Date of Award


Document Type


Degree Name

Master of Science



First Advisor

Dr. David W. Towle

Second Advisor

Dr. Francis B. Leftwich

Third Advisor

Dr. Warwick R. West, Jr.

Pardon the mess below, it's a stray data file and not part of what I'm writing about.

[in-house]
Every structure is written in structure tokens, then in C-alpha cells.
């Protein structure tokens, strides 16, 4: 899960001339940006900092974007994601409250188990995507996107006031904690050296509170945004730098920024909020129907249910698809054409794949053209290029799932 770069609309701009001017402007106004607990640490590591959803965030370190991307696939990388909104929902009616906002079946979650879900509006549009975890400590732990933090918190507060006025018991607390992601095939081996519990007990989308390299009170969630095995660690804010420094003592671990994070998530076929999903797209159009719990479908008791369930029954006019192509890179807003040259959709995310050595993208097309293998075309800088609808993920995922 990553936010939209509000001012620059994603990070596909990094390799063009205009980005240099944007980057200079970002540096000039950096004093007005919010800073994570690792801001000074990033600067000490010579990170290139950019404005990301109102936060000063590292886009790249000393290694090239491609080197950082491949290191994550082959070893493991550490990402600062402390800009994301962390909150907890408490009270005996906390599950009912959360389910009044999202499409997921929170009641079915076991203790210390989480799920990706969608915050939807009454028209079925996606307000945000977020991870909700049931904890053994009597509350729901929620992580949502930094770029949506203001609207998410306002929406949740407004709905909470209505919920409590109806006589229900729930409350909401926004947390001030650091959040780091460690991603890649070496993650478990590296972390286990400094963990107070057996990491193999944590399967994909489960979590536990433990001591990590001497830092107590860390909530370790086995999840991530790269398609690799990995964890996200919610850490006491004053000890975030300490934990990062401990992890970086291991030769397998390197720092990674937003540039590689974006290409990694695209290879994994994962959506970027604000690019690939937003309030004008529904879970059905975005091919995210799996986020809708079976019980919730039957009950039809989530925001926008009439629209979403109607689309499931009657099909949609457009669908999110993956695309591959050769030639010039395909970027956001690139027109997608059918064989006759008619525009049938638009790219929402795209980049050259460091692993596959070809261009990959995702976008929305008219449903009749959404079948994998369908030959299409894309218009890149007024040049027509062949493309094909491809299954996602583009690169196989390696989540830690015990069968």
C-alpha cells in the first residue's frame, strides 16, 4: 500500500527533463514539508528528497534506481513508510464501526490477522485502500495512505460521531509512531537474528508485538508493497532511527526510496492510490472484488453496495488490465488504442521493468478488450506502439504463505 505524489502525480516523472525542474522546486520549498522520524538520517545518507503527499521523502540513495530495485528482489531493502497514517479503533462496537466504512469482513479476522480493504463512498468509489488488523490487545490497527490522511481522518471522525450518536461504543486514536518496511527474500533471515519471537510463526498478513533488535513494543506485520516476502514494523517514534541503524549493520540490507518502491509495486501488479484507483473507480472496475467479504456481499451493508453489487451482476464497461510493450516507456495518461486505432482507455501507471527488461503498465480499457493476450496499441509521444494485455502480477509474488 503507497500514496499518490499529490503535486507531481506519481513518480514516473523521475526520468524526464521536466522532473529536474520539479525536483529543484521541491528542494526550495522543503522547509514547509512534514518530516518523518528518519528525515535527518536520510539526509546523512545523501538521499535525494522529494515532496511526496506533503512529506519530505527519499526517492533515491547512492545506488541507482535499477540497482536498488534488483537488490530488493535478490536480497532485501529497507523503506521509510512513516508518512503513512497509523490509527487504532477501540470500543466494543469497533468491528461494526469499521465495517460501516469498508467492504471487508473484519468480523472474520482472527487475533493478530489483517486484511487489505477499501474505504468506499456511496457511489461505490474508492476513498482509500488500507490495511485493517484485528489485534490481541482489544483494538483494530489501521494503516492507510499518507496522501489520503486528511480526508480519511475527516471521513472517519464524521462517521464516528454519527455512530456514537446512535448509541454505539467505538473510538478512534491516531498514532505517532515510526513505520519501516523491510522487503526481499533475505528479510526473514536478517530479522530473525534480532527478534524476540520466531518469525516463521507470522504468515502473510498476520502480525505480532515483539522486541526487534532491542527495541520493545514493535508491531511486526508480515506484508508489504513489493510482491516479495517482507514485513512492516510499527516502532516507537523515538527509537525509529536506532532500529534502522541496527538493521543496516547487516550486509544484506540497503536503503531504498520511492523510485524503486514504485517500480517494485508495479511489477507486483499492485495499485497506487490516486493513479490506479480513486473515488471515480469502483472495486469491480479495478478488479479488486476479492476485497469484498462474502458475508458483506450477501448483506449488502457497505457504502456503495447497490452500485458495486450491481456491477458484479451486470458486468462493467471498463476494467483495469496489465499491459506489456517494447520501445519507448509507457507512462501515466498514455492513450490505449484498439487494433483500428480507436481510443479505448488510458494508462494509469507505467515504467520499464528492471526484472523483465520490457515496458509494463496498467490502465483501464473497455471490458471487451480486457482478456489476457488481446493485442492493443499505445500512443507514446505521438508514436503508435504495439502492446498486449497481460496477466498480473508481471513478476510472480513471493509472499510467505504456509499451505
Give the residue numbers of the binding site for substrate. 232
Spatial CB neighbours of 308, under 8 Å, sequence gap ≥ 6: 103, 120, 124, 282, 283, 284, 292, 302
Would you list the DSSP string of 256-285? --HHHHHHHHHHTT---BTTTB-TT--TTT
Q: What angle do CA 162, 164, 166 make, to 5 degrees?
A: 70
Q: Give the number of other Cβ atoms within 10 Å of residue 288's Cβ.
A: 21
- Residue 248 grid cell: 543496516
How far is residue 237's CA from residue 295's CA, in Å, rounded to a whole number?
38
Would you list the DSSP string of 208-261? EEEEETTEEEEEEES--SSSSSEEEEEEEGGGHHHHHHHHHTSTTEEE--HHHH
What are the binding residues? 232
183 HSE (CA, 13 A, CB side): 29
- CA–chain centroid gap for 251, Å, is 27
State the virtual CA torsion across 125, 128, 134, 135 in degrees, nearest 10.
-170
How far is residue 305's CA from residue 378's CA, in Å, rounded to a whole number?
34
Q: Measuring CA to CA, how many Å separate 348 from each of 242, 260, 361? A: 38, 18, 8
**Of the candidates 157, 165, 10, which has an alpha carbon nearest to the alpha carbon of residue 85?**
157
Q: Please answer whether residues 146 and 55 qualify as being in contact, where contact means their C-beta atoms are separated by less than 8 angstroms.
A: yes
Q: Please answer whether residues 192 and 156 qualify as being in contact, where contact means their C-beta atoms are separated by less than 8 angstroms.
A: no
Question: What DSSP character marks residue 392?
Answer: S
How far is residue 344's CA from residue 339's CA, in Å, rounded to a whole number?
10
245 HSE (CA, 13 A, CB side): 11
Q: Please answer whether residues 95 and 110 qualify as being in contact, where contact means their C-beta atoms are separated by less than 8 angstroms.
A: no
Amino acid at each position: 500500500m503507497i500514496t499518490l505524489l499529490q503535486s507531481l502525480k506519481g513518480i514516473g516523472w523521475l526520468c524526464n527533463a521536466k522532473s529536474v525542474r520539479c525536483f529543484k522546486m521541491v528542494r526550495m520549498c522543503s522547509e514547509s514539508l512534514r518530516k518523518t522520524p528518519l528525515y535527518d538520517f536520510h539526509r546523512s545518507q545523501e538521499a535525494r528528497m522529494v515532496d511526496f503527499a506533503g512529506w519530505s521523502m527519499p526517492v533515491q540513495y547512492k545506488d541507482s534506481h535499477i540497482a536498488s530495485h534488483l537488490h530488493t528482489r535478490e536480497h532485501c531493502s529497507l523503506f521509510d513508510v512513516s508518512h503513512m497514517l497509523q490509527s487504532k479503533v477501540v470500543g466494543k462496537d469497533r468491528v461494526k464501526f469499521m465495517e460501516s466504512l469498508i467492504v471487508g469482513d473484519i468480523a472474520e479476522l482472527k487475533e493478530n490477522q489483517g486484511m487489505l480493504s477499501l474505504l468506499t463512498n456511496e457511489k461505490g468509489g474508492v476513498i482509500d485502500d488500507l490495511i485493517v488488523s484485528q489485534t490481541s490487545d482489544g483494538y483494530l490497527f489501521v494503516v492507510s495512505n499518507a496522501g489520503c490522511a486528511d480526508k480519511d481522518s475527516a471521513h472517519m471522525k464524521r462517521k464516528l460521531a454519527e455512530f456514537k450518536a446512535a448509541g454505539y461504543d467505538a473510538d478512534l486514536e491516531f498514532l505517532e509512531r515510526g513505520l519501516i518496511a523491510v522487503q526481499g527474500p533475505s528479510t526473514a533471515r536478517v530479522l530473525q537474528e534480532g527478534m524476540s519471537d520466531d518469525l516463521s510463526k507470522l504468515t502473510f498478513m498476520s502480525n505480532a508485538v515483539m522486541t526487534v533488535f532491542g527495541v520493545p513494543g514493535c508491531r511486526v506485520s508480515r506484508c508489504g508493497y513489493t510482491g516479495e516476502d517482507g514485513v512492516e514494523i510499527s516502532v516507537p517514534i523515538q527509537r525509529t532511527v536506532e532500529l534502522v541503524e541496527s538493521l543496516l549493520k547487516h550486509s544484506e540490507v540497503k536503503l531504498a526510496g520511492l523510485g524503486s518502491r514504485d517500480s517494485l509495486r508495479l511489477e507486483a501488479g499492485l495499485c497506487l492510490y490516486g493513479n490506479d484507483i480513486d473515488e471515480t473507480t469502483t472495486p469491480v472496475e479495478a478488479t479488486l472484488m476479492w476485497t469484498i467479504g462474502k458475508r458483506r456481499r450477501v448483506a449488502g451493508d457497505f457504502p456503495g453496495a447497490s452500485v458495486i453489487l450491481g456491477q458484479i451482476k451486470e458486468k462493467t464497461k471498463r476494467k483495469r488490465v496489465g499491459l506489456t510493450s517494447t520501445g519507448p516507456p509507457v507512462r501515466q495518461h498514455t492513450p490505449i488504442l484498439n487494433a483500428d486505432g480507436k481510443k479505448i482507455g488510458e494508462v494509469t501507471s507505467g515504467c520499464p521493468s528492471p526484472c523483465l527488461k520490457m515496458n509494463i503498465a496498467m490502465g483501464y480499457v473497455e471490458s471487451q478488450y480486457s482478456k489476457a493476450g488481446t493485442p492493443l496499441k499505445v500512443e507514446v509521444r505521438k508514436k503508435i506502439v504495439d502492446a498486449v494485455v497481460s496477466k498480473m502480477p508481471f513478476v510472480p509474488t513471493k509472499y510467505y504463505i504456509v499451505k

Na+/H+ exchange was studied in plasma membrane vesicles from gills of three species of crabs: Callinectes sapidus (blue crab), Libinia dubia (spider crab), and Menippe mercenaria (stone crab). Spider crabs and stone crabs were acclimated to full (35ppt) seawater, while blue crabs were acclimated to both dilute (5ppt) and full strength seawater. Membrane vesicles were prepared by sucrose density centrifugation. Na+/H+ exchange was analyzed using acridine orange fluorescence. Male C. sapidus showed the most exchange activity (per g gill tissue), followed by M. mercenaria, female C. sapidus and Libinia dubia. No difference in exchange activity was evident when blue crabs were acclimated to both full and dilute seawater. The Na+/H+ exchange stoichiometry was larger than one for both C. sapidus and M. mercenaria, but approximately one for L. dubia. C. sapidus is an osmoregulator and can move from high salinities to reduced; its exchange mechanism may be more efficient in obtaining Na+ from lower salinities, compared to the stenohaline L. dubia. The control of ionic exchange in gills of M. mercenaria has not been studied. However, a stoichiometry as well as exchange rate similar to C. sapidus would suggest that some regulation is possible.

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